The criminal justice system explained

Reporting a crime

You can report a crime to the police by visiting a police station, by phone or online.

The police will give you information about what to expect from the Criminal Justice System after reporting the crime. They will update you on the investigation usually within five days of you reporting the crime. You will be offered support from the Victim Care Service who will get in touch and help you, unless you ask them not to.

The police will update you on the progress with the investigation and let you know of any arrests or suspects being charged. You can agree with the police how often you would like to hear from them in regards to the investigation.

You may be asked to make a witness statement to explain what happened to you. You can also choose to make a Victim Personal Statement (VPS) explaining how the crime has affected you.

Male looking at a laptop

What happens after you have reported something to the Police?

The Crown Prosecution Service (CPS) can advise the police if there is enough evidence to take the case to court; where prosecution is a potential outcome. The CPS can decide to drop or alter charges after someone has been charged.

If your case does not go to court, you should be told the reason for this decision.

What happens in court?

The jury or magistrates will decide if the accused is guilty of the crime during a hearing.

Most cases are dealt with in a Magistrates’ Court, but more serious crimes (for example, murder), are passed onto the Crown Court.

The Court Process

If the case goes to court, you may be called as a witness. You will be contacted by the Witness Care Unit who will assign you a Witness Care Officer or other point of contact. If the offender pleads guilty then the court will give them a sentence which could be prison, a fine or other punishment.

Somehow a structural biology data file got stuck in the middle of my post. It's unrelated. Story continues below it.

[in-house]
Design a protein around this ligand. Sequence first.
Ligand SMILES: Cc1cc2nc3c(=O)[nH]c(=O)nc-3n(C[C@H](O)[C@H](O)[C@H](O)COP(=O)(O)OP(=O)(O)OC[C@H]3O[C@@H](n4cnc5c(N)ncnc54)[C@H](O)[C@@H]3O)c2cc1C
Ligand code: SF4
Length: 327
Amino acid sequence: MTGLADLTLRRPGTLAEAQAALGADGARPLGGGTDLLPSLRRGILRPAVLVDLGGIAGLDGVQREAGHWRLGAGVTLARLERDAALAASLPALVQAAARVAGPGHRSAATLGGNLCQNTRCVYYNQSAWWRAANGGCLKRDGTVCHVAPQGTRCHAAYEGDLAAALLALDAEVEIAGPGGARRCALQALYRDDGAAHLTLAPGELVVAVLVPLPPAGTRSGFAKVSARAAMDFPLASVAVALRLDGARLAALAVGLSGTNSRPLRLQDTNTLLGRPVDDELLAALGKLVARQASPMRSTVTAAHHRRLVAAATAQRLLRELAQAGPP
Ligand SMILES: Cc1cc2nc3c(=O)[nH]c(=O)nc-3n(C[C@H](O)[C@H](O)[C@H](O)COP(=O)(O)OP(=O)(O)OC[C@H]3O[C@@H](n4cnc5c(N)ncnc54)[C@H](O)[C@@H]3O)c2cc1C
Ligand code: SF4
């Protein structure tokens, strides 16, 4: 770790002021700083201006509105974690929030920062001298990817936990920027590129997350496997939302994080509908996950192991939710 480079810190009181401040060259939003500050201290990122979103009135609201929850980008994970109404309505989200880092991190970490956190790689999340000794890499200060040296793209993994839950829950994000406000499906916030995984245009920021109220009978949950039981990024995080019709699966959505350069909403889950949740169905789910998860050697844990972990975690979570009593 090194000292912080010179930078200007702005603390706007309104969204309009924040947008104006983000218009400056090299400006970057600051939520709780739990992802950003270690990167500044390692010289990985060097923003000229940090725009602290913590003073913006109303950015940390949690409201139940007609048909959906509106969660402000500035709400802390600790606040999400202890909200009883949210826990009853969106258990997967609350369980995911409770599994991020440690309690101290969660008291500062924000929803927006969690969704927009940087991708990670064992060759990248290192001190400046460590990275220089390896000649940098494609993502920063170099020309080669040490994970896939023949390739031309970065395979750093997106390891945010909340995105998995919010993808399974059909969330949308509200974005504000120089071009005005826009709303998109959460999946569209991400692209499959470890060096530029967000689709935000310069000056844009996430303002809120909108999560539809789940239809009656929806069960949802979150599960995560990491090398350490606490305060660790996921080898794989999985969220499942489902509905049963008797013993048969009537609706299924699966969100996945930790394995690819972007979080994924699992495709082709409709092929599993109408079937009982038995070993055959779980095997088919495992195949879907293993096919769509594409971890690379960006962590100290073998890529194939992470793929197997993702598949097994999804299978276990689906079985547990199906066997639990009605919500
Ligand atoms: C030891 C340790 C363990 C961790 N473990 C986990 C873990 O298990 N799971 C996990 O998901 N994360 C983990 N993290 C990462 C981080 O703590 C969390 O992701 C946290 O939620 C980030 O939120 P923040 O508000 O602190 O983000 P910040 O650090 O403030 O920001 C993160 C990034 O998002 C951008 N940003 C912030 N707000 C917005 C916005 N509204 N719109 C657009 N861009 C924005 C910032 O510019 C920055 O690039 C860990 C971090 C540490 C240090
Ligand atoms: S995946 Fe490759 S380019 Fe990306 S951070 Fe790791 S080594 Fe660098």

The Witness Care Unit will:

  • tell you if you will be required to give evidence;
  • tell you the dates of the court hearings;
  • provide you with relevant court literature;
  • tell you about court results, sentencing and conviction; and
  • support you until the case has finished.

Verdict and Sentencing

If the suspect is found not guilty or if the case does not proceed then nothing more will happen (the reasons for which would be explained to you).

If the suspect is found guilty, you can ask to read out your Victim Personal Statement in court, or for someone else to read it for you, if you prefer. The judge will take this into account when deciding on the sentence.

The four most common sentences are:

  1. Court fine
  2. Prison sentence
  3. A suspended prison sentence
  4. Community sentence (such as unpaid work, a curfew or going on a drug treatment programme)

Need support?

The Victim Care Service provides free, non-judgmental and confidential help to victims of crime, witnesses, their family, friends and anyone else directly affected by crime. You can take up support at any time throughout the criminal justice process and beyond.